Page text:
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K6MINORS IN LARGE 6-CONNECTED GRAPHS
Ken-ichi Kawarabayashi
National Institute of Informatics
2-1-2 Hitotsubashi, Chiyoda-ku, Tokyo 101-8430, Japan
Serguei Norine1
Department of Mathematics
Princeton University
Princeton, NJ 08544, USA
Robin Thomas2
School of Mathematics
Georgia Institute of Technology
Atlanta, Georgia 30332-0160, USA
and
Paul Wollan
Mathematisches Seminar der Universit¨ at Hamburg
Bundesstrasse 55
D-20146 Hamburg, Germany
ABSTRACT
Jørgensen conjectured that every 6-connected graph G with no K6minor
has a vertex whose deletion makes the graph planar. We prove the conjecture
for all sufficiently large graphs.
8 April 2005, revised 22 May 2009.
1Partially supported by NSF under Grant No. DMS-0200595.
2Partially supported by NSF under Grants No. DMS-0200595 and. DMS-0354742.
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1 Introduction
Graphs in this paper are allowed to have loops and multiple edges. A graph is a minor of
another if the first can be obtained from a subgraph of the second by contracting edges. An
H minor is a minor isomorphic to H. A graph G is apex if it has a vertex v such that G\v
is planar. (We use \ for deletion.) Jørgensen [4] made the following beautiful conjecture.
Conjecture 1.1 Every 6-connected graph with no K6minor is apex.
This is related to Hadwiger’s conjecture [3], the following.
Conjecture 1.2 For every integer t ≥ 1, if a loopless graph has no Kt minor, then it is
(t − 1)-colorable.
Hadwiger’s conjecture is known for t ≤ 6. For t = 6 it has been proven in [12] by show-
ing that a minimal counterexample to Hadwiger’s conjecture for t = 6 is apex. The proof
uses an earlier result of Mader [6] that every minimal counterexample to Conjecture 1.2 is
6-connected. Thus Conjecture 1.1, if true, would give more structural information. Further-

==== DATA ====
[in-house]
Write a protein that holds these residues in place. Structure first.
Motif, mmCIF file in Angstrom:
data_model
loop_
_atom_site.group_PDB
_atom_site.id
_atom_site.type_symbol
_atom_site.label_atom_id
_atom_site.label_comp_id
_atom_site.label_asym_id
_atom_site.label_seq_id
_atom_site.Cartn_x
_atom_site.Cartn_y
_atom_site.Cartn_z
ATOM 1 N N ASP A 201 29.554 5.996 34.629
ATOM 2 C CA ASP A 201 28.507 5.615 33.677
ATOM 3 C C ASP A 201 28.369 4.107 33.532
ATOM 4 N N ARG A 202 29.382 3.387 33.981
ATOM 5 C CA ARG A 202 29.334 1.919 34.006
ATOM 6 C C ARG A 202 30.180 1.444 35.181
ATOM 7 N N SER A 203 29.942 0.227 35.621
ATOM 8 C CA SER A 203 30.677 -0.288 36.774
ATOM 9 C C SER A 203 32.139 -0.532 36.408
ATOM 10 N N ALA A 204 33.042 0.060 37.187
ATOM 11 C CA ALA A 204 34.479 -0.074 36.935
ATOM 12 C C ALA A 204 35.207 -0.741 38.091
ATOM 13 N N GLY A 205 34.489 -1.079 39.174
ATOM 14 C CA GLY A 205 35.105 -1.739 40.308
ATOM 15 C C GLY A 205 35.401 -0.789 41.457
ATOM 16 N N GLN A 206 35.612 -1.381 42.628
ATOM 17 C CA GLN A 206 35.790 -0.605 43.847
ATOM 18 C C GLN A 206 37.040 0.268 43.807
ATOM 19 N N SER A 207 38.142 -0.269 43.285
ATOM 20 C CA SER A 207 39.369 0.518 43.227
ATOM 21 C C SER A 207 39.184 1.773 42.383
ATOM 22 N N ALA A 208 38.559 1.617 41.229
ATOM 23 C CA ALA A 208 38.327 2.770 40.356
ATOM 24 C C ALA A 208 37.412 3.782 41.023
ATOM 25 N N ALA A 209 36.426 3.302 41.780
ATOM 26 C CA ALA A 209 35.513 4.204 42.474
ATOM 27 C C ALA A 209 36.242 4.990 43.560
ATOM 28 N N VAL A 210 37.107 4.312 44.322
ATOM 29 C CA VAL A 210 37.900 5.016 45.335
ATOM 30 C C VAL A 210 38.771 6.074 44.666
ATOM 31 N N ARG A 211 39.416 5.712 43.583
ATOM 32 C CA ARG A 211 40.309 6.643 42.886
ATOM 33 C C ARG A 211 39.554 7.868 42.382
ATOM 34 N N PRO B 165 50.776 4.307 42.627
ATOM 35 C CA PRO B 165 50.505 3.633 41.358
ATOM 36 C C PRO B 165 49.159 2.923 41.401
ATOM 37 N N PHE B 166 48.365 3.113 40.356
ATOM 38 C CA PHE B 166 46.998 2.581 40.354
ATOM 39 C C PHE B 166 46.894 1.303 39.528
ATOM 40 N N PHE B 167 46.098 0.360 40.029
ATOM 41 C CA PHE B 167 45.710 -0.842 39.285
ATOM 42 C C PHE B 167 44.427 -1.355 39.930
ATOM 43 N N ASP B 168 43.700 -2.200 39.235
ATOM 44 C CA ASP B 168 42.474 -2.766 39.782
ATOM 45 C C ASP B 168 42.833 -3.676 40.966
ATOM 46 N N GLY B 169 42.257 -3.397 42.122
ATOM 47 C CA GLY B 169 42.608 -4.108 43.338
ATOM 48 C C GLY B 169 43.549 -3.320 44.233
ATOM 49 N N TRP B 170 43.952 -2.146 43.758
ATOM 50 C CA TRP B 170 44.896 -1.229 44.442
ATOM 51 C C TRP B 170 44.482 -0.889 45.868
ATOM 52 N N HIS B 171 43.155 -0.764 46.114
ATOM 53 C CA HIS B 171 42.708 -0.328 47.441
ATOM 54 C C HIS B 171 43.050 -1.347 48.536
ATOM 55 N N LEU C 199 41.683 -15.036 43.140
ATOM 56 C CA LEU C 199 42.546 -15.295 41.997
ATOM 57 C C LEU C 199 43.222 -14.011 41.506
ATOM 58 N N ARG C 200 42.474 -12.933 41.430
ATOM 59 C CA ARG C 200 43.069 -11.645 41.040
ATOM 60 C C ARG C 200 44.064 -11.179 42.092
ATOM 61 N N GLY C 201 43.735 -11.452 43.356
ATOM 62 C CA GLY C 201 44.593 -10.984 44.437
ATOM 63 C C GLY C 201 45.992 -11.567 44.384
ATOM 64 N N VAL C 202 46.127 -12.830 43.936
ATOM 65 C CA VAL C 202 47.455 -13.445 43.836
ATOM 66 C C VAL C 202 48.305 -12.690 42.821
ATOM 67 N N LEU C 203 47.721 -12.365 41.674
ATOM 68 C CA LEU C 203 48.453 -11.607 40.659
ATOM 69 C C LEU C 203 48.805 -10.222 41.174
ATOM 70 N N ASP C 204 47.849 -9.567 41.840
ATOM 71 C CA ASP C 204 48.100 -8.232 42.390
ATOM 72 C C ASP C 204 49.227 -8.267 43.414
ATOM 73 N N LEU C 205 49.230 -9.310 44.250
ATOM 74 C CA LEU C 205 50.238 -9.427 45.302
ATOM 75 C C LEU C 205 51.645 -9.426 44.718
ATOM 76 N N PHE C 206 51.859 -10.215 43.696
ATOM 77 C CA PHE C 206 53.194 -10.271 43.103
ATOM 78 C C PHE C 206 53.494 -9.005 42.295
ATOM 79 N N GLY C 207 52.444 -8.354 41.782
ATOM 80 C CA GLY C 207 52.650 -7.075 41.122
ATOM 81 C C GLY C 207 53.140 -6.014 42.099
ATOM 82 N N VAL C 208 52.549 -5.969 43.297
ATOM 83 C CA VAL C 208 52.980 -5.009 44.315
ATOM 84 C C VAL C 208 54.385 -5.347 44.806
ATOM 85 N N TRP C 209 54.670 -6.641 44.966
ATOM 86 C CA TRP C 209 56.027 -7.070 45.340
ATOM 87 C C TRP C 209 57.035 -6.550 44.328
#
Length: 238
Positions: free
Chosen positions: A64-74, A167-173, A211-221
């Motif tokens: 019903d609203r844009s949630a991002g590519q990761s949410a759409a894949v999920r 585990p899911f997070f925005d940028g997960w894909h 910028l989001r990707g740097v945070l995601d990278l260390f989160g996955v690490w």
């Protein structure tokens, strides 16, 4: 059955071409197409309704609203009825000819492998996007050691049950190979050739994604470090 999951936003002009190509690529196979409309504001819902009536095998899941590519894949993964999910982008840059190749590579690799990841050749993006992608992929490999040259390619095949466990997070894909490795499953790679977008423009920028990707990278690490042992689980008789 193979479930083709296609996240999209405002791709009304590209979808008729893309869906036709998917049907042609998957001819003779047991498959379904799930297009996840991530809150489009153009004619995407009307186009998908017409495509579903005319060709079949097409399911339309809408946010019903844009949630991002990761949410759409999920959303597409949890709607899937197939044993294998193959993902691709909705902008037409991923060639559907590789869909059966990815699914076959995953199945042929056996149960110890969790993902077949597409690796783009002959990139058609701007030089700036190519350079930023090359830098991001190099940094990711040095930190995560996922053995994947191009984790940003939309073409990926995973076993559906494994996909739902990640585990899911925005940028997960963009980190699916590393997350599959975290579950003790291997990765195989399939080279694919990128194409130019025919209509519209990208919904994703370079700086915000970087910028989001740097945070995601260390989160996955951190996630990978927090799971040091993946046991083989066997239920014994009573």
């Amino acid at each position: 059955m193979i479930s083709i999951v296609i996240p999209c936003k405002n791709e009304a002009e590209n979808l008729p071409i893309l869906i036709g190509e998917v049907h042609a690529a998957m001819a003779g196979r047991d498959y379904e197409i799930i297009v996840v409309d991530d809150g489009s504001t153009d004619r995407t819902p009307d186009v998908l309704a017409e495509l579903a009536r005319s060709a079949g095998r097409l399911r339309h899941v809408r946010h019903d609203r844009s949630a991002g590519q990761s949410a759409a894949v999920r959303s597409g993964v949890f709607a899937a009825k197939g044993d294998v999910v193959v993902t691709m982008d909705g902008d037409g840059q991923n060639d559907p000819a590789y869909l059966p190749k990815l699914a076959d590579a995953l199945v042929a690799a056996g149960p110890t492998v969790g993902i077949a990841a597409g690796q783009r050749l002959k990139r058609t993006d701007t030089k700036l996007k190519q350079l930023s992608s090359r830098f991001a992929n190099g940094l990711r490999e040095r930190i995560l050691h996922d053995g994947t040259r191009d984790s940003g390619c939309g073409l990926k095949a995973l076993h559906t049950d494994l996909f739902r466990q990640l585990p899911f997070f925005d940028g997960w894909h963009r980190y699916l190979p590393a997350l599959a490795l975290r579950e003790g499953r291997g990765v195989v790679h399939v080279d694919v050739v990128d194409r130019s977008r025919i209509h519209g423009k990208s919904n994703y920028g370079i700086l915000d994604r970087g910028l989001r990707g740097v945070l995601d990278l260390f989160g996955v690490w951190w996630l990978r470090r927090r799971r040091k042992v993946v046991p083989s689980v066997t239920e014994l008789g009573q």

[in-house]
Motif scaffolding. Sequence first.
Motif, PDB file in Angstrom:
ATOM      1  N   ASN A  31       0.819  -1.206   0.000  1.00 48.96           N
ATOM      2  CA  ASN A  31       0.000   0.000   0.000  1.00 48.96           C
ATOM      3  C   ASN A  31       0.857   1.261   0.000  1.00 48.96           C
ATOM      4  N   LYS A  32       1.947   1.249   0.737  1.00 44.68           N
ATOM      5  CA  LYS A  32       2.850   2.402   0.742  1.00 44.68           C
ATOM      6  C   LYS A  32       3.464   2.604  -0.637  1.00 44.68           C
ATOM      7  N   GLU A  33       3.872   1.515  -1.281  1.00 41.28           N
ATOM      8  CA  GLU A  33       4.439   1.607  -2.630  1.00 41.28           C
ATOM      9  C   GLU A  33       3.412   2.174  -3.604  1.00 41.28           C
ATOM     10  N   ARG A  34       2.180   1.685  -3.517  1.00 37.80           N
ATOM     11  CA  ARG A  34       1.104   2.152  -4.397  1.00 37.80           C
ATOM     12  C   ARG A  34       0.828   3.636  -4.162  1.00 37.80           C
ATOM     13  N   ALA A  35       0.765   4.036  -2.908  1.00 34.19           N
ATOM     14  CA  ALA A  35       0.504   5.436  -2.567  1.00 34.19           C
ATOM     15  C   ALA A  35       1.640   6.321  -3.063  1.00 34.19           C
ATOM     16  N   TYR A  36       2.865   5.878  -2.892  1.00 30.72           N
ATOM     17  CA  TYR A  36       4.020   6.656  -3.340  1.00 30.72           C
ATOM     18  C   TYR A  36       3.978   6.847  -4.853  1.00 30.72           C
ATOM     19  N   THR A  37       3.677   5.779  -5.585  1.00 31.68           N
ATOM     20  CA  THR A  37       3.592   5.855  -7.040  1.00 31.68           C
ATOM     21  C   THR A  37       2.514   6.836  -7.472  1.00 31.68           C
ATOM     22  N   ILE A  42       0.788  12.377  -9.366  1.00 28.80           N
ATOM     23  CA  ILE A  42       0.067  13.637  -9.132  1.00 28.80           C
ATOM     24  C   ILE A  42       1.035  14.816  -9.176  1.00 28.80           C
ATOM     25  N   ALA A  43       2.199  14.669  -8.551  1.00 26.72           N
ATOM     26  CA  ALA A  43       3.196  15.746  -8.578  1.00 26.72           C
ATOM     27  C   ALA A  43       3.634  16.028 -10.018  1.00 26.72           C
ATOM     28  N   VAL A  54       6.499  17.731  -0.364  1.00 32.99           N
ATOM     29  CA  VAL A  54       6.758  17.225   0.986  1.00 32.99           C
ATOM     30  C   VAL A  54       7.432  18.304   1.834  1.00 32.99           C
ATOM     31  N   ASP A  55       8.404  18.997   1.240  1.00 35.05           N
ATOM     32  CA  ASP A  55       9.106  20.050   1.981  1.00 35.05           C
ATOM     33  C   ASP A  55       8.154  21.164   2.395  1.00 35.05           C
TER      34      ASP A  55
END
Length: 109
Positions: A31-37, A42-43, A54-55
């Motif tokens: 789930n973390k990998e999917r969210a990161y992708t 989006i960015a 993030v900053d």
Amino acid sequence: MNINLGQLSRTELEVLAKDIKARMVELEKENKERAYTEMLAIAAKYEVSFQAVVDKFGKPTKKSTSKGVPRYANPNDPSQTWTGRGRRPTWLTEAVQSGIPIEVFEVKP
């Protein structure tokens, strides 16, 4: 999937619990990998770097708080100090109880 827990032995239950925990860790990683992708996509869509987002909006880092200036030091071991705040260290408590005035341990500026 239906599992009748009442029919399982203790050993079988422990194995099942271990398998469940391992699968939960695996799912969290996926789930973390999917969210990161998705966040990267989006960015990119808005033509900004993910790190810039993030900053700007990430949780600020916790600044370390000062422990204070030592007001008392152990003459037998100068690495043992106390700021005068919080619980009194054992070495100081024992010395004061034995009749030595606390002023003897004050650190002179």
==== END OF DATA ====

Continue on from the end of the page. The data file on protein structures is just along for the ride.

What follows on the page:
more, the structure of all graphs with no K6minor is not known, and appears complicated
and difficult. On the other hand, Conjecture 1.1 provides a nice and clean statement for
6-connected graphs. Unfortunately, it, too, appears to be a difficult problem. In this paper
we prove Conjecture 1.1 for all sufficiently large graphs, as follows.
Theorem 1.3 There exists an absolute constant N such that every 6-connected graph on at
least N vertices with no K6minor is apex.
We use a number of results from the Graph Minor series of Robertson and Seymour,
and also three results of our own that will be proved in other papers. The first of those is
a version of Theorem 1.3 for graphs of bounded tree-width. We will not define tree-width
here, because it is sufficiently well-known, and because we do not need the concept per se,
only several theorems that use it.
Theorem 1.4 For every integer w there exists an integer N such that every 6-connected
graph of tree-width at most w on at least N vertices and with no K6minor is apex.
Theorem 1.4 reduces the proof of Theorem 1.3 to graphs of large tree-width. By a result of
Robertson and Seymour [8] those graphs have a large grid minor. However, for our purposes
it is more convenient to work with walls instead. Let h ≥ 2 be even. An elementary wall of
height h has vertex-set
{(x,y) : 0 ≤ x ≤ 2h + 1,0 ≤ y ≤ h} − {(0,0),(2h + 1,h)}
and an edge between any vertices (x,y) and (x′,y′) if either
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Figure 1: An elementary wall of height 4.
• |x − x′| = 1 and y = y′, or
• x = x′, |y − y′| = 1 and x and max{y,y′} have the same parity.
Figure 1 shows an elementary wall of height 4. A wall of height h is a subdivision of an
elementary wall of height h. The result of [8] (see also [2, 7, 13]) can be restated as follows.
Theorem 1.5 For every even integer h ≥ 2 there exists an integer w such that every graph
of tree-width at least w has a subgraph isomorphic to a wall of height h.
The perimeter of a wall is the cycle that bounds the infinite face when the wall is drawn
as in Figure 1. Now let C be the perimeter of a wall H in a graph G. The compass of H
in G is the restriction of G to X, where X is the union of V (C) and the vertex-set of the
unique component of G\V (C) that contains a vertex of H. Thus H is a subgraph of its